Many rose bushes have thorns.

Types of Bushes With Stickers

by Janet Mulroney Clark

At first glance, it would seem bushes with stickers should not be a part of the landscape plan, especially if you have children. But sound reasons exist for choosing these plants, including the fact that deer and other wildlife will not mistake them for lunch. Not only that, if used as a hedge, sticker bushes will dissuade wildlife and other animals from even entering the yard. When planted by a bedroom window, sticker bushes help keep the bad guys out -- and the wild child in!

Every Rose Has Its Thorn

Roses (Rosa spp.) thrive in U.S. Department of Agriculture plant hardiness zones 4 to 9. Many varieties of rose bushes have stickers or thorns. Their height when full grown ranges from 8 inches to 50 feet. Hybrid rose bushes are usually 4 to 6 feet tall, and climbing roses from 8 to 15 feet tall. They reach their full height within a few years of being planted, but some only live for six to 10 years while others live for 50 years or more. Roses need to be protected from harsh weather, disease and mildew. They should be planted in a sunny spot with rich organic soil and not planted too close to other plants. Clemson University Extension Service recommends planting roses in a mixture of organic material such as peat moss or well-rotted manure and soil, using 1 part organic material to 4 parts of soil. They need to be fed with rose fertilizer according to the directions on the package, watered thoroughly and mulched. Roses can be high-maintenance, but they can also make a beautiful boundary.

Barberry Bushes

The barberry is a lower-maintenance sticker bush that provides considerable interest to the garden. Several varieties produce colorful berries in the winter, and their sharp thorns make them a formidable hedge plant. Barberries grow from 3 to 10 feet tall, depending on the variety. They grow in sun or partial shade, do not need a rich soil and can survive droughts. The wintergreen barberry (Berberis julianae) is hardy in USDA zones 6 to 9A. Japanese barberry (Berberis thunbergii), hardy in USDA zones 4 to 9, is often used in landscaping. Its bright green foliage turns orange, red or purplish in the fall, and its red berries provide winter color. Both wintergreen and Japanese barberries are considered invasive, but the Japanese also has another problem. According to the State of Connecticut website, forests with invasive Japanese barberries are prone to infestation by blacklegged ticks, which are associated with Lyme's disease and other illnesses.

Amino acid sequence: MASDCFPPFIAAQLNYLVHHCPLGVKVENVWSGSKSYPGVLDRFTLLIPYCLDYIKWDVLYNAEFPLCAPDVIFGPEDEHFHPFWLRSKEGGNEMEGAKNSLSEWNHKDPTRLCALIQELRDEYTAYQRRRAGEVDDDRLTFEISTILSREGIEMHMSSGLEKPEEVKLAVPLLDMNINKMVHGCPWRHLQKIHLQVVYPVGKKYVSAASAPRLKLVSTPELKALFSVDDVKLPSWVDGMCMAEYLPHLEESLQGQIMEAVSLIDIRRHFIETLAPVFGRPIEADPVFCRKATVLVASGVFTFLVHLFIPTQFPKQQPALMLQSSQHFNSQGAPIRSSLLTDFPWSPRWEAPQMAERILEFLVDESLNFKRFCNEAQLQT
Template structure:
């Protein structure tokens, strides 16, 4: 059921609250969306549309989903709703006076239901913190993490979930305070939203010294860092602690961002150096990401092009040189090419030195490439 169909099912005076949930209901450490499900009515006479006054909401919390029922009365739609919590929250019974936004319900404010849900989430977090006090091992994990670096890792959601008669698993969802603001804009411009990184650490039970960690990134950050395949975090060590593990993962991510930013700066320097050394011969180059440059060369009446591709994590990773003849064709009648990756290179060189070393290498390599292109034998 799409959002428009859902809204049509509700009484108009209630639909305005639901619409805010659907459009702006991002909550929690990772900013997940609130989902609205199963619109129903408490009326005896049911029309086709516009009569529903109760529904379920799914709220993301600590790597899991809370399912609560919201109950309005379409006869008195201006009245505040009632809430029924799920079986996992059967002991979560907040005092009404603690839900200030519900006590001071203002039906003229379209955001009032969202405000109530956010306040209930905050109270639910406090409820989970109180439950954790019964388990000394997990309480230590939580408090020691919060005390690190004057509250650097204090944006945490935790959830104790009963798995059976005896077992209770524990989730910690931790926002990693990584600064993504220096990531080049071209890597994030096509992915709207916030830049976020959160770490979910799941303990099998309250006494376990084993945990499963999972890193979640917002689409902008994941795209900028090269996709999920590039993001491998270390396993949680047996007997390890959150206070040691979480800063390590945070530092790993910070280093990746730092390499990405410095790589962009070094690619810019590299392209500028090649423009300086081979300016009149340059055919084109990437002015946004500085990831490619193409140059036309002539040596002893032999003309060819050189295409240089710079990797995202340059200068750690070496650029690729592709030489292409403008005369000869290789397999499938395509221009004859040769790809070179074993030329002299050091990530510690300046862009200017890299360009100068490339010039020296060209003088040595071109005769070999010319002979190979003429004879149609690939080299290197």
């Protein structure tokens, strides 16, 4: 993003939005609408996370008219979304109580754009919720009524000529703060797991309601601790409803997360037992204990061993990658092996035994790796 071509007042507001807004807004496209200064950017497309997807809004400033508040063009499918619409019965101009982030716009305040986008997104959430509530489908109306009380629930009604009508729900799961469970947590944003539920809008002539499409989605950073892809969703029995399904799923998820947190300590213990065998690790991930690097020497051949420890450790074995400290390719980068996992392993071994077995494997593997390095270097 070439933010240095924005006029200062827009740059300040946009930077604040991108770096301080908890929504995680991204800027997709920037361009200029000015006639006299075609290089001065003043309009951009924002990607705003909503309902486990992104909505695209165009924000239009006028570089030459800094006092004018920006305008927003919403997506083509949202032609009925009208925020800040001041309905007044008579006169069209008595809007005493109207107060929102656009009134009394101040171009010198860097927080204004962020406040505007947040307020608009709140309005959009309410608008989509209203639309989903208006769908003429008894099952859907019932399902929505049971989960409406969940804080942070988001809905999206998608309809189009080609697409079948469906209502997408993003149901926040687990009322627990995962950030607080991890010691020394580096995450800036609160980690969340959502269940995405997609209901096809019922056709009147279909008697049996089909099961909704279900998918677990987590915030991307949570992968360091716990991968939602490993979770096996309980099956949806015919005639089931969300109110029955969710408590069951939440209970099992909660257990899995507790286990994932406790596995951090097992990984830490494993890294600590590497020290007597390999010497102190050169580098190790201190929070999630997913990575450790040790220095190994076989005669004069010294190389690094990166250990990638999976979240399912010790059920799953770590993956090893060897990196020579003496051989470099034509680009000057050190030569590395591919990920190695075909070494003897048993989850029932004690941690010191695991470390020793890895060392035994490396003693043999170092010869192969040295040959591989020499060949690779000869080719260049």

Fruity Tooty

Several types of fruit bushes don't just produce tasty berries -- they're full of thorns. Gooseberries, blackberries and raspberries grow on sticker bushes. Gooseberries (Ribes uva-crispa) are hardy in USDA zones 3 to 8, depending on the variety. They generally grow to be 6 feet tall, and need partial shade with morning sun and well-drained soil. Blackberries (Rubus fruticosus) are hardy in zones 3 to 10, depending on the variety. Some have thorns, while others do not. Red raspberries (Rubus idaeus) are hardy in zones 2 to 9, depending on the variety. Berries do require some upkeep, including regular watering, pruning and mulching.

Good Golly Miss Holly

Holly (Ilex) grows in USDA hardiness zones 3 to 9, depending on the variety. It is a low-maintenance plant that grows in well-drained soil in sun or partial shade, needs little pruning, and is not bothered by disease or pests. It ranges in size from 2 to 20 feet tall, depending on the type. Many varieties have thorns or spikes, but some do not. Hollies are often associated with Christmas because some varieties have glossy green leaves and bright red berries. Some types of holly are invasive.

About the Author

Janet Clark has written professionally since 2001. She writes about education, careers, culture, parenting, gardening and social justice issues. Clark graduated from Buena Vista University with a degree in education. She has written two novels, "Blind Faith" and "Under the Influence." Clark has received several awards from the Iowa Press Women for her work.

Photo Credits

  • Jupiterimages/ Images